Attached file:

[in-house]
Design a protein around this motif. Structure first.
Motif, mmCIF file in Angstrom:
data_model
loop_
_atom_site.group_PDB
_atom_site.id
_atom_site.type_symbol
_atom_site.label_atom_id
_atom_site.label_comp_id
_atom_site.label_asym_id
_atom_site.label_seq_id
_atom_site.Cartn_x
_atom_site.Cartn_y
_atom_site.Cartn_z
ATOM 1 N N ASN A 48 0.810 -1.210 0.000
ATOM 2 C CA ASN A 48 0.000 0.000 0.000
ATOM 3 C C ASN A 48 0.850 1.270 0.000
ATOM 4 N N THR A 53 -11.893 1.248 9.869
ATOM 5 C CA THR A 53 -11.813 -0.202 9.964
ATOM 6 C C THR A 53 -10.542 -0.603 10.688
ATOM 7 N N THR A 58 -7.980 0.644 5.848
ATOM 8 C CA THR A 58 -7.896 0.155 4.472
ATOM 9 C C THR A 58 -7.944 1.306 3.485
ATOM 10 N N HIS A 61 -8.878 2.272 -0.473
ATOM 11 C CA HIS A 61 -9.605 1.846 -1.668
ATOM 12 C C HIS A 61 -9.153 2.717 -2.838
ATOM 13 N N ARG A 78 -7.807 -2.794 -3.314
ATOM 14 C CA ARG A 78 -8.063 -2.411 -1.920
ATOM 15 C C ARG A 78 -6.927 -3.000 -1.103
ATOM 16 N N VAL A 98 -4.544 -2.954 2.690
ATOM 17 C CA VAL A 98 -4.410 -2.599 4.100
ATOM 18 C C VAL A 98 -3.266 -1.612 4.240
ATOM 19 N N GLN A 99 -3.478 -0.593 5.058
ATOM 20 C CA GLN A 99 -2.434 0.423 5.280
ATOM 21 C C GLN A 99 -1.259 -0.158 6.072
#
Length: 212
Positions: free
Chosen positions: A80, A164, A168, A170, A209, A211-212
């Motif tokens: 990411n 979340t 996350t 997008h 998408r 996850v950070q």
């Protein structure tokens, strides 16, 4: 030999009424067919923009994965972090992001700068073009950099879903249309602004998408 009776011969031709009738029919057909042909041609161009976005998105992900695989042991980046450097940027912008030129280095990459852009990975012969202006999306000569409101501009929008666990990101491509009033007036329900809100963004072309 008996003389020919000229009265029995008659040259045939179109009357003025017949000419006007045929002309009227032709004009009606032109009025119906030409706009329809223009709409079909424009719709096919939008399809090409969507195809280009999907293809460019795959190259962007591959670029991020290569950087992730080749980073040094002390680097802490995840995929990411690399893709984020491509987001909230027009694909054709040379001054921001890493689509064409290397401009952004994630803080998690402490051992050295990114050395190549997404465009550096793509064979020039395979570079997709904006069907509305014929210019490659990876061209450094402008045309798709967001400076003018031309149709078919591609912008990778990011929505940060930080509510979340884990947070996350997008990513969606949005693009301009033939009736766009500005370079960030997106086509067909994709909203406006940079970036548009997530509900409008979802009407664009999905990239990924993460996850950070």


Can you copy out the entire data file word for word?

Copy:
[in-house]
Design a protein around this motif. Structure first.
Motif, mmCIF file in Angstrom:
data_model
loop_
_atom_site.group_PDB
_atom_site.id
_atom_site.type_symbol
_atom_site.label_atom_id
_atom_site.label_comp_id
_atom_site.label_asym_id
_atom_site.label_seq_id
_atom_site.Cartn_x
_atom_site.Cartn_y
_atom_site.Cartn_z
ATOM 1 N N ASN A 48 0.810 -1.210 0.000
ATOM 2 C CA ASN A 48 0.000 0.000 0.000
ATOM 3 C C ASN A 48 0.850 1.270 0.000
ATOM 4 N N THR A 53 -11.893 1.248 9.869
ATOM 5 C CA THR A 53 -11.813 -0.202 9.964
ATOM 6 C C THR A 53 -10.542 -0.603 10.688
ATOM 7 N N THR A 58 -7.980 0.644 5.848
ATOM 8 C CA THR A 58 -7.896 0.155 4.472
ATOM 9 C C THR A 58 -7.944 1.306 3.485
ATOM 10 N N HIS A 61 -8.878 2.272 -0.473
ATOM 11 C CA HIS A 61 -9.605 1.846 -1.668
ATOM 12 C C HIS A 61 -9.153 2.717 -2.838
ATOM 13 N N ARG A 78 -7.807 -2.794 -3.314
ATOM 14 C CA ARG A 78 -8.063 -2.411 -1.920
ATOM 15 C C ARG A 78 -6.927 -3.000 -1.103
ATOM 16 N N VAL A 98 -4.544 -2.954 2.690
ATOM 17 C CA VAL A 98 -4.410 -2.599 4.100
ATOM 18 C C VAL A 98 -3.266 -1.612 4.240
ATOM 19 N N GLN A 99 -3.478 -0.593 5.058
ATOM 20 C CA GLN A 99 -2.434 0.423 5.280
ATOM 21 C C GLN A 99 -1.259 -0.158 6.072
#
Length: 212
Positions: free
Chosen positions: A80, A164, A168, A170, A209, A211-212
């Motif tokens: 990411n 979340t 996350t 997008h 998408r 996850v950070q």
């Protein structure tokens, strides 16, 4: 030999009424067919923009994965972090992001700068073009950099879903249309602004998408 009776011969031709009738029919057909042909041609161009976005998105992900695989042991980046450097940027912008030129280095990459852009990975012969202006999306000569409101501009929008666990990101491509009033007036329900809100963004072309 008996003389020919000229009265029995008659040259045939179109009357003025017949000419006007045929002309009227032709004009009606032109009025119906030409706009329809223009709409079909424009719709096919939008399809090409969507195809280009999907293809460019795959190259962007591959670029991020290569950087992730080749980073040094002390680097802490995840995929990411690399893709984020491509987001909230027009694909054709040379001054921001890493689509064409290397401009952004994630803080998690402490051992050295990114050395190549997404465009550096793509064979020039395979570079997709904006069907509305014929210019490659990876061209450094402008045309798709967001400076003018031309149709078919591609912008990778990011929505940060930080509510979340884990947070996350997008990513969606949005693009301009033939009736766009500005370079960030997106086509067909994709909203406006940079970036548009997530509900409008979802009407664009999905990239990924993460996850950070």